Colombia’s National Federation of Educators (Fecode) announced national strike on July 25
Teachers in Colombia have denounced increasing death threats and murders by paramilitary groups throughout the country.

Colombia’s National Federation of Educators (Fecode) announced Tuesday they will hold a national strike on July 25 to demand government action against the violence of paramilitary groups that are targeting teachers and more budget to improve access and quality of education.

“Actors of violence are murdering teachers and intimidating education community in different zones of the country. Guarantees to the security of teachers and social campaigns to promote schools as territories of peace are urgent,” Fecode’s press release states.

Teachers have denounced that many of them are facing death threats for having supported former presidential candidate Gustavo Petro. “It is their constitutional right to have a political choice in a presidential proposal, but this cannot be motive for persecution or acusaciones,” Fecode said.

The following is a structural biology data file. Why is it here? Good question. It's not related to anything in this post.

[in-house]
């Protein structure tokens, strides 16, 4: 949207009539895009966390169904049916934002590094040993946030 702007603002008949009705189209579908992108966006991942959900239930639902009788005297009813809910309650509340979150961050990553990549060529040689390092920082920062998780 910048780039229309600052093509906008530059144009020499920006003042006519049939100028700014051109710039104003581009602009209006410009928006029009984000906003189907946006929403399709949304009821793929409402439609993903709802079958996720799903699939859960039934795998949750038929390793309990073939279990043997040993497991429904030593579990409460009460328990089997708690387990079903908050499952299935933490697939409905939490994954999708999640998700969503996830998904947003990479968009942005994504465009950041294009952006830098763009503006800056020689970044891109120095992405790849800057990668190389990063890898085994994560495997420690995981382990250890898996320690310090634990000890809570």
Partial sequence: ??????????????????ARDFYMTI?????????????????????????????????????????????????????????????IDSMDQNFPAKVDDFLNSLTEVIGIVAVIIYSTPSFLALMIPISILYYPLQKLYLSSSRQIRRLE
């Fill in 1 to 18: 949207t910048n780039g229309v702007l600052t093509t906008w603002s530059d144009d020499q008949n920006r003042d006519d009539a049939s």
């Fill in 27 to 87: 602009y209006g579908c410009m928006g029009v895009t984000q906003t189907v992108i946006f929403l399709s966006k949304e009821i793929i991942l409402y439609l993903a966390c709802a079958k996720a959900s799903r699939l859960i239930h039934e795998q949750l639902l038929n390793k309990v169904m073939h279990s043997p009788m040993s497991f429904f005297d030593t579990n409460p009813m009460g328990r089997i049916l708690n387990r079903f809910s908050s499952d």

They have also called on parents and student representatives to join the protest.

Bogota’s District Association of Educators announced they will join the strike to condemn alleged acts of corruption in the budget for the school feeding program.

“The protests in education centers continue due to the deficiencies in infrastructure, school transport, (and) lack of investment,” Fecode claimed, urging the government of Juan Manuel Santos to fulfill his commitments before leaving office.

The government and teachers signed an 24-point agreement in June 2017 after a 37-day strike. According to the federation only eight of the commitments have been met. The others, including an increase in the education budget, elimination of pay gaps, and improvements in their health services and national fund for social services remain pending.

This is the federation’s third strike this year. The first was organized on Feb. 21, when they denounced the poor health service for educators, and the second took place in May, when they protested the government non-compliance with their agreements.